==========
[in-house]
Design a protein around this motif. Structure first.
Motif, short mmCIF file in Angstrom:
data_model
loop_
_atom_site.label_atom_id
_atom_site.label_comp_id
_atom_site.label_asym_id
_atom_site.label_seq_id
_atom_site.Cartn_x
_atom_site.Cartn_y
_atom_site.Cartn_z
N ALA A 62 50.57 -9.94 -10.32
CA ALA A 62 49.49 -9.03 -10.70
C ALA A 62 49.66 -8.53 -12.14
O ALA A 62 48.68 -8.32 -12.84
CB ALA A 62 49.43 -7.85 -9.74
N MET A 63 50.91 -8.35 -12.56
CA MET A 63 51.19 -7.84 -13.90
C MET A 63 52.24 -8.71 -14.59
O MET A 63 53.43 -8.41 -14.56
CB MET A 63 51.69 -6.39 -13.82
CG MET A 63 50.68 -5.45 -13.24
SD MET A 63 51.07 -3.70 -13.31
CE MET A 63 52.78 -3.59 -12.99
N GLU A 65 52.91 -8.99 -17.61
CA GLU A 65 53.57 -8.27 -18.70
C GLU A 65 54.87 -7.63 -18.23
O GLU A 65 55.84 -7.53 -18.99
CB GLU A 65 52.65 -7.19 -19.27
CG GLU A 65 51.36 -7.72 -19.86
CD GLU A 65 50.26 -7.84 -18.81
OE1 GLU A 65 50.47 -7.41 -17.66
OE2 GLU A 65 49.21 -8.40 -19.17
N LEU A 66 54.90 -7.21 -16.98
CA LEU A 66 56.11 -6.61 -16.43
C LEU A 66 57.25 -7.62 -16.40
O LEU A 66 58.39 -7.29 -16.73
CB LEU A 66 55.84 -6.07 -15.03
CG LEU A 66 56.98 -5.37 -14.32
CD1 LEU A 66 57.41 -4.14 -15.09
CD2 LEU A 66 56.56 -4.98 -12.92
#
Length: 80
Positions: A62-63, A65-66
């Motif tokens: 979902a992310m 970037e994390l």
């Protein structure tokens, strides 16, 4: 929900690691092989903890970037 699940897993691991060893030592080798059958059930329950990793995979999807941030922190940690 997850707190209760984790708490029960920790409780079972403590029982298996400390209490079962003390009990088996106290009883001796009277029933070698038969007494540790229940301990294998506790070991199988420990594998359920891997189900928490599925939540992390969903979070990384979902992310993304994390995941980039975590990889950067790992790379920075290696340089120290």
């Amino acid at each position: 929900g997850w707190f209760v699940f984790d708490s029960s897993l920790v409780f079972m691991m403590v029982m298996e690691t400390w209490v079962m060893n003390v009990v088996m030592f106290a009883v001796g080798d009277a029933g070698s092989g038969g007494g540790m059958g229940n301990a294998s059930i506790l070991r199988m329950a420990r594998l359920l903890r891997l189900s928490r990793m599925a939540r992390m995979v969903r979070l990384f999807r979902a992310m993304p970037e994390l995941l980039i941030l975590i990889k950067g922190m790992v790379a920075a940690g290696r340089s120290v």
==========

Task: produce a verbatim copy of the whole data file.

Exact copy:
[in-house]
Design a protein around this motif. Structure first.
Motif, short mmCIF file in Angstrom:
data_model
loop_
_atom_site.label_atom_id
_atom_site.label_comp_id
_atom_site.label_asym_id
_atom_site.label_seq_id
_atom_site.Cartn_x
_atom_site.Cartn_y
_atom_site.Cartn_z
N ALA A 62 50.57 -9.94 -10.32
CA ALA A 62 49.49 -9.03 -10.70
C ALA A 62 49.66 -8.53 -12.14
O ALA A 62 48.68 -8.32 -12.84
CB ALA A 62 49.43 -7.85 -9.74
N MET A 63 50.91 -8.35 -12.56
CA MET A 63 51.19 -7.84 -13.90
C MET A 63 52.24 -8.71 -14.59
O MET A 63 53.43 -8.41 -14.56
CB MET A 63 51.69 -6.39 -13.82
CG MET A 63 50.68 -5.45 -13.24
SD MET A 63 51.07 -3.70 -13.31
CE MET A 63 52.78 -3.59 -12.99
N GLU A 65 52.91 -8.99 -17.61
CA GLU A 65 53.57 -8.27 -18.70
C GLU A 65 54.87 -7.63 -18.23
O GLU A 65 55.84 -7.53 -18.99
CB GLU A 65 52.65 -7.19 -19.27
CG GLU A 65 51.36 -7.72 -19.86
CD GLU A 65 50.26 -7.84 -18.81
OE1 GLU A 65 50.47 -7.41 -17.66
OE2 GLU A 65 49.21 -8.40 -19.17
N LEU A 66 54.90 -7.21 -16.98
CA LEU A 66 56.11 -6.61 -16.43
C LEU A 66 57.25 -7.62 -16.40
O LEU A 66 58.39 -7.29 -16.73
CB LEU A 66 55.84 -6.07 -15.03
CG LEU A 66 56.98 -5.37 -14.32
CD1 LEU A 66 57.41 -4.14 -15.09
CD2 LEU A 66 56.56 -4.98 -12.92
#
Length: 80
Positions: A62-63, A65-66
């Motif tokens: 979902a992310m 970037e994390l």
């Protein structure tokens, strides 16, 4: 929900690691092989903890970037 699940897993691991060893030592080798059958059930329950990793995979999807941030922190940690 997850707190209760984790708490029960920790409780079972403590029982298996400390209490079962003390009990088996106290009883001796009277029933070698038969007494540790229940301990294998506790070991199988420990594998359920891997189900928490599925939540992390969903979070990384979902992310993304994390995941980039975590990889950067790992790379920075290696340089120290």
């Amino acid at each position: 929900g997850w707190f209760v699940f984790d708490s029960s897993l920790v409780f079972m691991m403590v029982m298996e690691t400390w209490v079962m060893n003390v009990v088996m030592f106290a009883v001796g080798d009277a029933g070698s092989g038969g007494g540790m059958g229940n301990a294998s059930i506790l070991r199988m329950a420990r594998l359920l903890r891997l189900s928490r990793m599925a939540r992390m995979v969903r979070l990384f999807r979902a992310m993304p970037e994390l995941l980039i941030l975590i990889k950067g922190m790992v790379a920075a940690g290696r340089s120290v």